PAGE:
'The Israel Philharmonic Orchestra 80th Anniversary': A Historic Gem

A boxed set of recordings marking the 80th anniversary of the Israel Philharmonic Orchestra is of musical value and historic importance as well.

Maestro Zubin Mehta and the Israel Philharmonic Orchestra, at a concert in 2013.
Shai Skiff

“The Israel Philharmonic Orchestra / 80th Anniversary” is a set of 12 CDs plus a bonus album of a Mozart concerto and a Beethoven concerto with Daniel Barenboim as soloist and conductor. Most of the recordings were taken from the archive of the Israel Broadcasting Authority, whose future is uncertain. There are no commercial recordings done by the IPO for prestige labels such as Deutsche Grammophon or Decca. A perusal of the blurb shows that considerable thought went into the compilation (by Moshe Goldstein, head of the classical department at Helicon), with interesting results. It’s immediately clear, even before the box is opened, that this is a product possessing historic and archival value. And after a series of listening sessions, it turns out that one can find musical value as well.

The first work in the set is a 1957 recording of “Festival Prelude” by the Israeli composer Noam Sheriff, written to mark the opening of the Mann Auditorium, the IPO’s home. The conductor is Leonard Bernstein. The same CD contains Mozart’s Clarinet Concerto in a 1958 performance by one of the finest clarinetists of that era, Yona Ettlinger, under the baton of Sergiu Celibidache. The recording is of poor quality, but the playing fuses energy with lyricism.

There are many other interesting performances. Some are intriguing, such as a 1963 recording of Stravinsky’s “The Firebird,” conducted by the composer. It’s an opportunity to connect with history, even if it wasn’t Stravinsky’s finest day as a conductor or that of the recording technicians. Some works offer musical enjoyment, such as a 1980 recording of Shostakovich’s Sixth Symphony conducted by Kirill Kondrashin, or a 1996 rendition of Tchaikovsky’s Fifth Symphony under Zubin Mehta. Afterward, on CD 10, there’s a 1962 performance of Schoenberg’s Piano Concerto, badly recorded, but played with passion by Frank Peleg, conducted by Anatol Dorati. This is followed, on the same CD, by Schoenberg’s “A Survivor from Warsaw,” a dramatic work written in the United States in 1947 under the shock of revelations from the Holocaust, which is primarily an expression of commemoration and emotion. The conductor of this 2006 performance is Kurt Masur, who was a soldier in the Wehrmacht – irony, or perhaps historic reconciliation.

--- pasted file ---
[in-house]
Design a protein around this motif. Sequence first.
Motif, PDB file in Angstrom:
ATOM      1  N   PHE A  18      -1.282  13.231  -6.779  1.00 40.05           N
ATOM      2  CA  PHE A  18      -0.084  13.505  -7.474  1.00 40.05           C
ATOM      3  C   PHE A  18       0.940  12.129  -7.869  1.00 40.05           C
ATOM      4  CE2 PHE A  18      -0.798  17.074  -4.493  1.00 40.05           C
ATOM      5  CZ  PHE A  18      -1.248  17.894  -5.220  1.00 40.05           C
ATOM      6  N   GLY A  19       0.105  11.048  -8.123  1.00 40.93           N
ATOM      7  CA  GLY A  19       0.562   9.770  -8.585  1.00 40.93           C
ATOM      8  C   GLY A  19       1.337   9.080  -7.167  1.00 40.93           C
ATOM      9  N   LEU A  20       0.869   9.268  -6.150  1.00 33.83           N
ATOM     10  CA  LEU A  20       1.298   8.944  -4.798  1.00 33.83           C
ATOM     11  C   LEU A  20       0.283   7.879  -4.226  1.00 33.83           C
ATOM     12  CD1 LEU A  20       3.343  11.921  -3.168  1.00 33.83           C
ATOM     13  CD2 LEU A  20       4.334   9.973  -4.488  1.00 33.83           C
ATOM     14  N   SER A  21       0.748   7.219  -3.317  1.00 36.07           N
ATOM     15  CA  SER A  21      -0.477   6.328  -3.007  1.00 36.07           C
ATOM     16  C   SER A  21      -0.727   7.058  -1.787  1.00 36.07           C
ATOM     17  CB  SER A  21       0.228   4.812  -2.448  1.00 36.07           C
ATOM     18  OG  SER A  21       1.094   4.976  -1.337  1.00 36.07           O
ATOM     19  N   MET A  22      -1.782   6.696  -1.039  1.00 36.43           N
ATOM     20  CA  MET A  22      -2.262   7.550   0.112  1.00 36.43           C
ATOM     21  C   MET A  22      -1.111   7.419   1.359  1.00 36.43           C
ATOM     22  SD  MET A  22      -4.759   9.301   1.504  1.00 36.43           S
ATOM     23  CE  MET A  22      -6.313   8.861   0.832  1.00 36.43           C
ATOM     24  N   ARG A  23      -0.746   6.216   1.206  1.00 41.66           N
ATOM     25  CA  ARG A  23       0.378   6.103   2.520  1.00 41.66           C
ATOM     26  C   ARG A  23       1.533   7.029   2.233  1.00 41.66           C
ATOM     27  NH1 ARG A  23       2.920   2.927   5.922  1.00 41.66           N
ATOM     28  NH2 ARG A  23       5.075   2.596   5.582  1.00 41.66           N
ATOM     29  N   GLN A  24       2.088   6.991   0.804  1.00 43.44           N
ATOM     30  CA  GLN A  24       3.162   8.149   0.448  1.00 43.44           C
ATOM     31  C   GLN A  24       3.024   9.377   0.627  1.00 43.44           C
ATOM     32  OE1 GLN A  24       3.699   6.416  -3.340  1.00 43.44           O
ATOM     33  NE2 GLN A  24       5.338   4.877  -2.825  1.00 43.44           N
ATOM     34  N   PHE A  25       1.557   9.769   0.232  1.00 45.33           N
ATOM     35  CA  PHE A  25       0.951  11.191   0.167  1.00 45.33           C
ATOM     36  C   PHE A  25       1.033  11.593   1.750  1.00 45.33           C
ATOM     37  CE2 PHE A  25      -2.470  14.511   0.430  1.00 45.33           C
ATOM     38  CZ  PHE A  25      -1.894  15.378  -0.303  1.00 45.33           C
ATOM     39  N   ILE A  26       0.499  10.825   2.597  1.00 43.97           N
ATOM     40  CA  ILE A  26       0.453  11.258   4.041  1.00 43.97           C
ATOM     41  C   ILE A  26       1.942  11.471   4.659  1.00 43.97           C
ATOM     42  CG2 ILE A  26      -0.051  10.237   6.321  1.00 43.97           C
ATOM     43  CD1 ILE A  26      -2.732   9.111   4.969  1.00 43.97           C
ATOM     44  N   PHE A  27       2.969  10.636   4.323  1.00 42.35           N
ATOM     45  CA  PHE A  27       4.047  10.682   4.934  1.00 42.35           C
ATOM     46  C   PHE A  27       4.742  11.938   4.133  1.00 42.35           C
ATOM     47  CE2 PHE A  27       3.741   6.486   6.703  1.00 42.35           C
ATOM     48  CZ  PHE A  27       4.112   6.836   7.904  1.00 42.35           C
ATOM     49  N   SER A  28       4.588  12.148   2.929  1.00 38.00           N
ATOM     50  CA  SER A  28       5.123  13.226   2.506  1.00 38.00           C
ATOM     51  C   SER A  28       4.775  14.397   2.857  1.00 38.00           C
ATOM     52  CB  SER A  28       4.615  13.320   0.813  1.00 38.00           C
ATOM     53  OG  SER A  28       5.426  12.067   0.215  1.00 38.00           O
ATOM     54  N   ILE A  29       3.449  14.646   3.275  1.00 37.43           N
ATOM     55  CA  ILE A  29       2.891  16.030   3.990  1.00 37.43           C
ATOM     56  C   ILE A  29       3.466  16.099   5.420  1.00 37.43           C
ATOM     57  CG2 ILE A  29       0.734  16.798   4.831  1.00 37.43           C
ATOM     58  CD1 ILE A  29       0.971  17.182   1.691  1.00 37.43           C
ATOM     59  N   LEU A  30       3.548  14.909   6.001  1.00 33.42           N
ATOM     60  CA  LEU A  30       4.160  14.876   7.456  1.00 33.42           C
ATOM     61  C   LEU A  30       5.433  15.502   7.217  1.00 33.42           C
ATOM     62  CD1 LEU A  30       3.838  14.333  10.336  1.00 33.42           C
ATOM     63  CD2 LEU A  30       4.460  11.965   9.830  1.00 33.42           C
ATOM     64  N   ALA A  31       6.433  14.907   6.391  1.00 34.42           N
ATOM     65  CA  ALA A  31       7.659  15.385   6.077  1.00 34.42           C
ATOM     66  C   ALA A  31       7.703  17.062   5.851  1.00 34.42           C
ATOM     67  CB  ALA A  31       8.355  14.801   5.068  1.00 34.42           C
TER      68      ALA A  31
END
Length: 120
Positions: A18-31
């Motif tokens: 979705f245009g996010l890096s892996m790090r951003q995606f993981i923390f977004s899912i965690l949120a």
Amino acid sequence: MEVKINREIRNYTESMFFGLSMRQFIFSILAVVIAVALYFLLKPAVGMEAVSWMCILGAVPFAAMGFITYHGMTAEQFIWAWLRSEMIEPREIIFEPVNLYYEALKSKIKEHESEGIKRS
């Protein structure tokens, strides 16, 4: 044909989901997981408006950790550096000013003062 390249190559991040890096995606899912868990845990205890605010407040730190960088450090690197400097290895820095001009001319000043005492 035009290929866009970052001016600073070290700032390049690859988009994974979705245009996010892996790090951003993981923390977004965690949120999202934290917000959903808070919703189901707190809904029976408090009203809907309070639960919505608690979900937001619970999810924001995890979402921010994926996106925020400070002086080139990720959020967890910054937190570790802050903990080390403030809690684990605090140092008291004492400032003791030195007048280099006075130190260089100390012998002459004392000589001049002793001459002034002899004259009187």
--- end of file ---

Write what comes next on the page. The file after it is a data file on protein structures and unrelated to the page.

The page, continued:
Zakai’s last appearance

Works by Israeli composers are also featured: Paul Ben-Haim’s Violin Concerto and “The Eternal Theme”; “Mediterranean Symphony” by Menachem Avidom; Alexander Uriyah Boskovich’s Oboe Concerto. Possibly the archive contains additional works that could have been included.

The most important conservation of an Israeli work in the set is the 2000 recording of Mordechai Seter’s acclaimed “Midnight Vigil.” Regrettably, a lacuna occurred in the documentation of this recording. The producers of the set from the Helicon label found only the name of the work’s conductor, Gary Bertini, which appears on the cover of the CD. The name of the soloist in the role of the worshiper is omitted, even though the marvelous voice of the alto Mira Zakai is easily identifiable. It doesn’t take long to discover that this is a performance from the first day of the new millennium, January 1, 2000, and that it was Zakai’s last stage appearance. This recording is of considerable importance in its own right, and also possesses distinctive qualities. It’s more introverted than previous performances, even slightly enervated, meditative, such that the performance softens the work’s excessive dramatics. This is one of several recordings in the set that deserve more than one listen.

“The Israel Philharmonic Orchestra 80th Anniversary,” 13 CDs of live recordings from the archive, 1957-2006, Helicon